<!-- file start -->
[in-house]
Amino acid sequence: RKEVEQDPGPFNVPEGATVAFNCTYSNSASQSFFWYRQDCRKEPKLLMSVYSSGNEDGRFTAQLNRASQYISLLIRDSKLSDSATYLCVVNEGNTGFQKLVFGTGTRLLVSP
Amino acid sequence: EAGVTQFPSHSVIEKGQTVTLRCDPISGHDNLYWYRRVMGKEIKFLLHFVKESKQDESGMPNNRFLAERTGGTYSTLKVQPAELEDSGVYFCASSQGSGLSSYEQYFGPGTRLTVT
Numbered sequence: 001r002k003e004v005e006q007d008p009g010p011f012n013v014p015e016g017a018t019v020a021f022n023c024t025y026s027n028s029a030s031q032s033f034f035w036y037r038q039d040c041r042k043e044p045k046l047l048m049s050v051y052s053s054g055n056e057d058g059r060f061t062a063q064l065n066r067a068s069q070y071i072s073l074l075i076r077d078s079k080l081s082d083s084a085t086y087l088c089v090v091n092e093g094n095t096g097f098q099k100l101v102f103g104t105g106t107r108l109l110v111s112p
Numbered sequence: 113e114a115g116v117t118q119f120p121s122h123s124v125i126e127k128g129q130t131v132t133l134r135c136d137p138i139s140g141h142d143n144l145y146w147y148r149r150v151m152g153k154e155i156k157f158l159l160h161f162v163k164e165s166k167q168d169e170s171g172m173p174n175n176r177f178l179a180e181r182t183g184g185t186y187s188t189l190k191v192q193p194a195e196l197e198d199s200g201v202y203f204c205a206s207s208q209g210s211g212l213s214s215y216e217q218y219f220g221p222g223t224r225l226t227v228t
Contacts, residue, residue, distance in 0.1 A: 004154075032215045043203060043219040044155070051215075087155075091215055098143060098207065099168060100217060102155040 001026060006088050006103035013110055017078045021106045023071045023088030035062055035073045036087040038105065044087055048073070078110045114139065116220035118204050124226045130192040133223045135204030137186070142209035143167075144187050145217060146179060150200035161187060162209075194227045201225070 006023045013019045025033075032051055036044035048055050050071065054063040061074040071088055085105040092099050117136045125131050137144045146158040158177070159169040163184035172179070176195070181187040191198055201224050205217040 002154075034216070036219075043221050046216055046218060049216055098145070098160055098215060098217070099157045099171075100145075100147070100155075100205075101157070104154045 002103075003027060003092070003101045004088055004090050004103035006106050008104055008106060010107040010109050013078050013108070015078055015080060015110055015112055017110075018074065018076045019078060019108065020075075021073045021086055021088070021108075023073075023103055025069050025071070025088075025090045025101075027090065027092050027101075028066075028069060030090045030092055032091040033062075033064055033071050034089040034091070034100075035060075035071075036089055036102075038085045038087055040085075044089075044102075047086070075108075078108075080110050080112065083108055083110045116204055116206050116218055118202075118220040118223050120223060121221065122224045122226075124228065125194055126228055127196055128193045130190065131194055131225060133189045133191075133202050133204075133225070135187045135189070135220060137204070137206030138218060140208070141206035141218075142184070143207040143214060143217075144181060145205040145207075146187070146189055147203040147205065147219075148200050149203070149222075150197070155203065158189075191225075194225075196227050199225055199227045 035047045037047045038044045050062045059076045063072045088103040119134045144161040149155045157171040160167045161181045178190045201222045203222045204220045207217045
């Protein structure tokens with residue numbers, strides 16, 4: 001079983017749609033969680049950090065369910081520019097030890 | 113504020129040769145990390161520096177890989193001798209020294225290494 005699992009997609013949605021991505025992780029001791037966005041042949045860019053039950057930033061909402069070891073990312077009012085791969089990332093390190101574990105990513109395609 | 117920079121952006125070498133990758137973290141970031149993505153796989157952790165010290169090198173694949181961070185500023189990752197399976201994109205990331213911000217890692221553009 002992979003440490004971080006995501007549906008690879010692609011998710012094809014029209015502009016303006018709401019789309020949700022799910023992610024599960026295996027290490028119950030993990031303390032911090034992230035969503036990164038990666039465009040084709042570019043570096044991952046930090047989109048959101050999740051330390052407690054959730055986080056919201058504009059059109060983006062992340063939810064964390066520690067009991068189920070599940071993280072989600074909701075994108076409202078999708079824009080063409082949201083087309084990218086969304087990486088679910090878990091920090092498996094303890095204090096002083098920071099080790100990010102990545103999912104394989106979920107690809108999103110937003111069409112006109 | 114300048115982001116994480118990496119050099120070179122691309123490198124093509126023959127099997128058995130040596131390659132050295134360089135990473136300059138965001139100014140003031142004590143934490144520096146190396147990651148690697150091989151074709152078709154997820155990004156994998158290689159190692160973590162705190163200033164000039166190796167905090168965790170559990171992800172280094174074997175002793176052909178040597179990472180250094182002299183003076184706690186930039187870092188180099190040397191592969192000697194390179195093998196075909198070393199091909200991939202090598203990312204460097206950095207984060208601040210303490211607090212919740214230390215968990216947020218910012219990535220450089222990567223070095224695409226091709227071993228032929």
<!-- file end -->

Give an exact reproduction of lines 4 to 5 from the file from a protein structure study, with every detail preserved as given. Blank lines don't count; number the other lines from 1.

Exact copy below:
Numbered sequence: 001r002k003e004v005e006q007d008p009g010p011f012n013v014p015e016g017a018t019v020a021f022n023c024t025y026s027n028s029a030s031q032s033f034f035w036y037r038q039d040c041r042k043e044p045k046l047l048m049s050v051y052s053s054g055n056e057d058g059r060f061t062a063q064l065n066r067a068s069q070y071i072s073l074l075i076r077d078s079k080l081s082d083s084a085t086y087l088c089v090v091n092e093g094n095t096g097f098q099k100l101v102f103g104t105g106t107r108l109l110v111s112p
Numbered sequence: 113e114a115g116v117t118q119f120p121s122h123s124v125i126e127k128g129q130t131v132t133l134r135c136d137p138i139s140g141h142d143n144l145y146w147y148r149r150v151m152g153k154e155i156k157f158l159l160h161f162v163k164e165s166k167q168d169e170s171g172m173p174n175n176r177f178l179a180e181r182t183g184g185t186y187s188t189l190k191v192q193p194a195e196l197e198d199s200g201v202y203f204c205a206s207s208q209g210s211g212l213s214s215y216e217q218y219f220g221p222g223t224r225l226t227v228t